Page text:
It came as no surprise to me when I called Greg Hart, Riveras producer of 20 years, that I would once again hear an emphatic, “Sure, well help.” There was no doubt Id once again stumbled onto more “really nice guys.”
Motorcyclists are a passionate breed. They love their motorcycles, they love to ride and they enjoy hanging out with other motorcyclists. So, when Armanda Squadrilli purchased the late 1880s historic Glens Falls Inn in Glens Falls, New York, she knew she had a built-in market—motorcyclists—because shes one herself.
The museum itself is magical and appeals to all, but for women riders the new exhibit, “The Girls: A Photographic History of Women In Motorcycling” is the crowning jewel. Curator Dale Walksler has assembled a historical perspective through the lenses of unknown photographers with memories and memorabilia of the women who made history on, and with, their motorcycles.
Degas, Van Gogh, Matisse world-famous artists. Ducati, Vincent, Mosley world-famous motorcycle manufacturers. Their commonality? Members of the first group have long had their masterpieces admired in art museums around the world. Now, members of the second group have ridden into that artistic realm as well.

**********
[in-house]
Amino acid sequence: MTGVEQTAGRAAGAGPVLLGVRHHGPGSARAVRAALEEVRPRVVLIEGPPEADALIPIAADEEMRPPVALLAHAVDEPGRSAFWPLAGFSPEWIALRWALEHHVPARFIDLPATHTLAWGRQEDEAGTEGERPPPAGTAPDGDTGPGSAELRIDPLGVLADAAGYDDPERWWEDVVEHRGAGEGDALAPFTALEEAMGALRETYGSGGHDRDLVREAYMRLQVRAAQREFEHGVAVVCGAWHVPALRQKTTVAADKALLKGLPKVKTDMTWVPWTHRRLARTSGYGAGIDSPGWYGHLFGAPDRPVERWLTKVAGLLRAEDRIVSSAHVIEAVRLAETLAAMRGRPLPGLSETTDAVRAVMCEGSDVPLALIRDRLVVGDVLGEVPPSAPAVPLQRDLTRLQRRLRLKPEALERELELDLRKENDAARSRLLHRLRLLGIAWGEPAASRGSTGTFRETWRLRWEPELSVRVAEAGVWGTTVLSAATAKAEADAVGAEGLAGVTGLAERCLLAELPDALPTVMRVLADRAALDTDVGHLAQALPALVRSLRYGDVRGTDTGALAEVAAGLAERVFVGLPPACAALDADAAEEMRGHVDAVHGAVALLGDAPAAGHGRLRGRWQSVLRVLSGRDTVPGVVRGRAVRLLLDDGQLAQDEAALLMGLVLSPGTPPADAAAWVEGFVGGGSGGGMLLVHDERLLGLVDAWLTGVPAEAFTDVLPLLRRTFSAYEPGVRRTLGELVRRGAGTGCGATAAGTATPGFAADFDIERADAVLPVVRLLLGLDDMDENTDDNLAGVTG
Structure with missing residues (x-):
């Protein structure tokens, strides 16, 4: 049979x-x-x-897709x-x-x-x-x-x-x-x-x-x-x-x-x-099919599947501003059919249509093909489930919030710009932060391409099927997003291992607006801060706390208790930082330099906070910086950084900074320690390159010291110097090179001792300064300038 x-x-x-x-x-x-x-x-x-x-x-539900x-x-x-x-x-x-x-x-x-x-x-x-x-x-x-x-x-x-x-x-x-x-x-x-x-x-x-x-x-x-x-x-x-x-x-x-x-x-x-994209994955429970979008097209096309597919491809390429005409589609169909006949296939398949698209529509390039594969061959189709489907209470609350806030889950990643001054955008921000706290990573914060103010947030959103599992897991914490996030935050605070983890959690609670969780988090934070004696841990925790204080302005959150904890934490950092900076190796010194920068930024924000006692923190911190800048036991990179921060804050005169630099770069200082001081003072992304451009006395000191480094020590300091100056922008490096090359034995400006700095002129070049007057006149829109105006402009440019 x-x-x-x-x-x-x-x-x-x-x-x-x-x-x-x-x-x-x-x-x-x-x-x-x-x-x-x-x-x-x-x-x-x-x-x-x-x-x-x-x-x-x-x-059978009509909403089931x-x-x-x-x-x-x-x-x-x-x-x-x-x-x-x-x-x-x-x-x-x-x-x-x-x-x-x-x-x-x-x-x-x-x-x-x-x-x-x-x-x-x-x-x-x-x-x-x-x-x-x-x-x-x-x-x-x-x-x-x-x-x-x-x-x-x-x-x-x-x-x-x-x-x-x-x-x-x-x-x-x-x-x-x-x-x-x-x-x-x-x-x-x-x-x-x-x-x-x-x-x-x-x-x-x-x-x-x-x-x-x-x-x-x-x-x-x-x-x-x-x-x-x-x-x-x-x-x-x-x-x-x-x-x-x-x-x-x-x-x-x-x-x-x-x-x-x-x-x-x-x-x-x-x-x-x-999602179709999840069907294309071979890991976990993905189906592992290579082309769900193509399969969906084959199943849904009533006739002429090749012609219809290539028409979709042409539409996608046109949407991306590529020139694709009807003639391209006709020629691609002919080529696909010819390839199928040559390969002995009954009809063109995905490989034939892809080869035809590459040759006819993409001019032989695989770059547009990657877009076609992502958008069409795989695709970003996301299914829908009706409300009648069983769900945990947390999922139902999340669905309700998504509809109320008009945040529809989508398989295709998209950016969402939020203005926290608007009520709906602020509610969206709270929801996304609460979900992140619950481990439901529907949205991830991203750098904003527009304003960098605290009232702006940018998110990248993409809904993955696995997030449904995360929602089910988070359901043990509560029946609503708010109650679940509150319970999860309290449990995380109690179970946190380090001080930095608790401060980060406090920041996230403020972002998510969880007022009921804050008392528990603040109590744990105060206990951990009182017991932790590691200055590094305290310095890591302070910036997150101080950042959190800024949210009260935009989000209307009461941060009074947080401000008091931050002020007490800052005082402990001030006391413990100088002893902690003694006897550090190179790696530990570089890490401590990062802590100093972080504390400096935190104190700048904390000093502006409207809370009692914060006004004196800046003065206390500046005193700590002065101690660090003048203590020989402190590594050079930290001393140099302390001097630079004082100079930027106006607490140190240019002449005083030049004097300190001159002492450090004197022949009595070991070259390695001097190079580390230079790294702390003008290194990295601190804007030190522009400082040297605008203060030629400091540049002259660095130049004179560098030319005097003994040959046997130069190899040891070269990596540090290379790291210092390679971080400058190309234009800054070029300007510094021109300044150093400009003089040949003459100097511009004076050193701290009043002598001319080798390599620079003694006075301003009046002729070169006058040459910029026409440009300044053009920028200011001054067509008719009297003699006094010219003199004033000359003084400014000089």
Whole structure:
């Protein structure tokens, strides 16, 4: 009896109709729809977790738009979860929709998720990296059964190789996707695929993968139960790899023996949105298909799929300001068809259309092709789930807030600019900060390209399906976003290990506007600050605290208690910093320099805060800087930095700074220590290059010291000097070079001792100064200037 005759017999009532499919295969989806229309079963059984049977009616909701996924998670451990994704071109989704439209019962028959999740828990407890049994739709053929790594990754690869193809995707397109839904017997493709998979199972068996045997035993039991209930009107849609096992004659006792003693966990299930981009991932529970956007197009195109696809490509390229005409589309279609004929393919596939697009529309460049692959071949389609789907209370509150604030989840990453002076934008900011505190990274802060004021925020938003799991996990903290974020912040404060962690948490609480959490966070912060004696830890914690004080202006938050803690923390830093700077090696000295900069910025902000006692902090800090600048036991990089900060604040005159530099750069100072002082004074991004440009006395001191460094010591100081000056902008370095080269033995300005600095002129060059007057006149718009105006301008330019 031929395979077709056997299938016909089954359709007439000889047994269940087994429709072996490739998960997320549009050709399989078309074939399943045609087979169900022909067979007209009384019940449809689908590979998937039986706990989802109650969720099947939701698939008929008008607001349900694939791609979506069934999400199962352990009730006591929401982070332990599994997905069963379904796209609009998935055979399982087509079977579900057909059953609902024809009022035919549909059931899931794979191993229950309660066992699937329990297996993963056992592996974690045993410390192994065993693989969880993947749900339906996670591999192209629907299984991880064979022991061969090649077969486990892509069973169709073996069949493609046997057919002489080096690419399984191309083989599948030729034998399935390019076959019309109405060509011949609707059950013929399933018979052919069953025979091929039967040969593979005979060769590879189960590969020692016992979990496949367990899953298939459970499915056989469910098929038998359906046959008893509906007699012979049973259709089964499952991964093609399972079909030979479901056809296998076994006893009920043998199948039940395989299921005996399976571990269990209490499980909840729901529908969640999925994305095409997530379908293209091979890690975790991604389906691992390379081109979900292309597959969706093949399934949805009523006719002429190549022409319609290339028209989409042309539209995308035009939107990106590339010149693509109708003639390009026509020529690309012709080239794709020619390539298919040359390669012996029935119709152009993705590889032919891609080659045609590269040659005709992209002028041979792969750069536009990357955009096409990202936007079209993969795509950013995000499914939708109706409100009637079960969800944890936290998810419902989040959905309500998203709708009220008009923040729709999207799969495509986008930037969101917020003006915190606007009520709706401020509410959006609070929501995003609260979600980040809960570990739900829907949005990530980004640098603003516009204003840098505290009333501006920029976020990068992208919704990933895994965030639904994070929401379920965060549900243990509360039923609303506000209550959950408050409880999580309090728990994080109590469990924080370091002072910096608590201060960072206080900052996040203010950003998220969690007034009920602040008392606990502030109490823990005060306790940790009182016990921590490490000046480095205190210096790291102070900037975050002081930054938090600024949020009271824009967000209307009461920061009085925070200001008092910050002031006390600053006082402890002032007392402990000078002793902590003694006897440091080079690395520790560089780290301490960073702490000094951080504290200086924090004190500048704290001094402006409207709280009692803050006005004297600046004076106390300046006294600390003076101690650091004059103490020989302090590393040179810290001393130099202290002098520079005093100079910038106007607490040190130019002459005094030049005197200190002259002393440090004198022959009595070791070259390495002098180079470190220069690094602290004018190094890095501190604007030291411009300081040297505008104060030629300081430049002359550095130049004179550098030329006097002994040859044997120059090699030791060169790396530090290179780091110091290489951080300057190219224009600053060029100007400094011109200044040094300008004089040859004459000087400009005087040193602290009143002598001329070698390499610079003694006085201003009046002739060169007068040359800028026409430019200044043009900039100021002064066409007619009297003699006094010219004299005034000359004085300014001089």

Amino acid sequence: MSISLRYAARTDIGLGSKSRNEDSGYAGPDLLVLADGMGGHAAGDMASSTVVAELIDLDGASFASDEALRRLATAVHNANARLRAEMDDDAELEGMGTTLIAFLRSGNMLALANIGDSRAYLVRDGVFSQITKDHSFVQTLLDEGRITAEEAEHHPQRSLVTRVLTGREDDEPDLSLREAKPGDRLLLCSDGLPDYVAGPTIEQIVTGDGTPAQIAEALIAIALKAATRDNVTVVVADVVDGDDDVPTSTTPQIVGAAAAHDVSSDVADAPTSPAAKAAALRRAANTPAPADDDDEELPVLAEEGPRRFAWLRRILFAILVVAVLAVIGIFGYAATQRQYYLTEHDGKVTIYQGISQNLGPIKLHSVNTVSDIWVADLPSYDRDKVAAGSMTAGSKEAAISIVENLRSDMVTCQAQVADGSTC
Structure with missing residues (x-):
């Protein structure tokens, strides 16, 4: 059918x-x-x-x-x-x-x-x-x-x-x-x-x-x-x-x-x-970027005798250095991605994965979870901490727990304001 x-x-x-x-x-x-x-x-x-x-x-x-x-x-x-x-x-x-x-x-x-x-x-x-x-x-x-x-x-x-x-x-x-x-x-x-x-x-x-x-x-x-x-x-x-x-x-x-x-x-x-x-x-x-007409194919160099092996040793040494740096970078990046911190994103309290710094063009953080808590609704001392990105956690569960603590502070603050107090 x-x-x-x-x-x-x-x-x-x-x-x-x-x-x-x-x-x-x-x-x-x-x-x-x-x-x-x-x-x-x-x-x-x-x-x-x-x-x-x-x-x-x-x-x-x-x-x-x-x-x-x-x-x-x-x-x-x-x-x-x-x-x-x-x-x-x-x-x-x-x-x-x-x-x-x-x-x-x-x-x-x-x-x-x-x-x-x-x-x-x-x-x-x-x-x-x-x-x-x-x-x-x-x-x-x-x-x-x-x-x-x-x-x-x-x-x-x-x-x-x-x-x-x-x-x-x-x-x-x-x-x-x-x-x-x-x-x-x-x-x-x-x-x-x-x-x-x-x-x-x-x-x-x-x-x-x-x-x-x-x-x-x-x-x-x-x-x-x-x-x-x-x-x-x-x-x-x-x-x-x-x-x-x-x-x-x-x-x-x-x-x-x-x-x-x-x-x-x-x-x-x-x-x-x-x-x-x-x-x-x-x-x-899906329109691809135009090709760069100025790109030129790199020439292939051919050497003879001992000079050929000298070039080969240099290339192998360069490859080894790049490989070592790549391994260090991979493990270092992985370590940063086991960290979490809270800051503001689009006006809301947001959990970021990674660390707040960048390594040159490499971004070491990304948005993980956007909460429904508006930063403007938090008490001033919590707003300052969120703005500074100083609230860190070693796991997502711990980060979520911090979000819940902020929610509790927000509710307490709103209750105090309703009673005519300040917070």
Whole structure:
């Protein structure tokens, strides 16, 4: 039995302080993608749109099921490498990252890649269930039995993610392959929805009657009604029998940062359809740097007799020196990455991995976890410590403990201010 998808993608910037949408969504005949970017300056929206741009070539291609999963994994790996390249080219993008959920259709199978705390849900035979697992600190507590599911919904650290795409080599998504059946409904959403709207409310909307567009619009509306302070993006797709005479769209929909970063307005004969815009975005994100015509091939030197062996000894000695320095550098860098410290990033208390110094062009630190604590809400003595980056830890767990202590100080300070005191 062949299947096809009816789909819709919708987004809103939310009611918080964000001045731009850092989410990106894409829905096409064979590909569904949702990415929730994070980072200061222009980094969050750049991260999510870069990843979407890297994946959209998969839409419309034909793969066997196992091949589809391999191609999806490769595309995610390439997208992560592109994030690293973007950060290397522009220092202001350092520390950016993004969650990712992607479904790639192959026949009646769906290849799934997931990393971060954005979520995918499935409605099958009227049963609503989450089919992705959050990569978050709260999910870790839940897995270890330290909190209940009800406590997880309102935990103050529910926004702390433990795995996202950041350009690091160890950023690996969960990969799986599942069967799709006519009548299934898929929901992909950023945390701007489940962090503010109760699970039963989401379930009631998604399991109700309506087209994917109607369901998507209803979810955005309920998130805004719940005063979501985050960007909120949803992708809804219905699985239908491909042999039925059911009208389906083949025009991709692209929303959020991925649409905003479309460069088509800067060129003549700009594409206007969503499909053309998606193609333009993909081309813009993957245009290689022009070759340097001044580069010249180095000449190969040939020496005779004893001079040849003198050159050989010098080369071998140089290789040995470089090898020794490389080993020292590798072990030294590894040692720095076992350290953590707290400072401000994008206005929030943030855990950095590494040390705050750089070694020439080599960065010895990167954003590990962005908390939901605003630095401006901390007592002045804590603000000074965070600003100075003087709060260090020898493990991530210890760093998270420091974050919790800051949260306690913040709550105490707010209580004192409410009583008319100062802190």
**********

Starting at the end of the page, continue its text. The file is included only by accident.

With the morning heat already reaching 85 degrees, the cool mountain air was refreshing. I motioned to Robin that I wanted to get off the main highway and take a detour through the Klickitat Valley. Beautiful twisties wind along the gorgeous Klickitat River, definitely one of my favorites in Washington. We were in high desert country and the weather was perfect.
In the morning we hit the road veering off towards Crater Lake. The weather was turning grim. The clouds were looming by the mountains and the desert sky was full of black rain clouds. We laid low by the side of the road watching a groovy wind thing happen in a field. It looked like a small tornado. The weather system didnt seem to be passing us, so after a couple of hours we got back on our bikes. Well, we must have ridden right into the heart of the storm.
Ann reiterated that the best part of their journey was the unknown of each day. “What are we going to see today? Whos out there? Who are we going to meet?” When they left in May the weather was warming up, so they stayed in campgrounds half the time and moteled it or stayed with friends the other half. Progressing north and east, less time was spent in tents.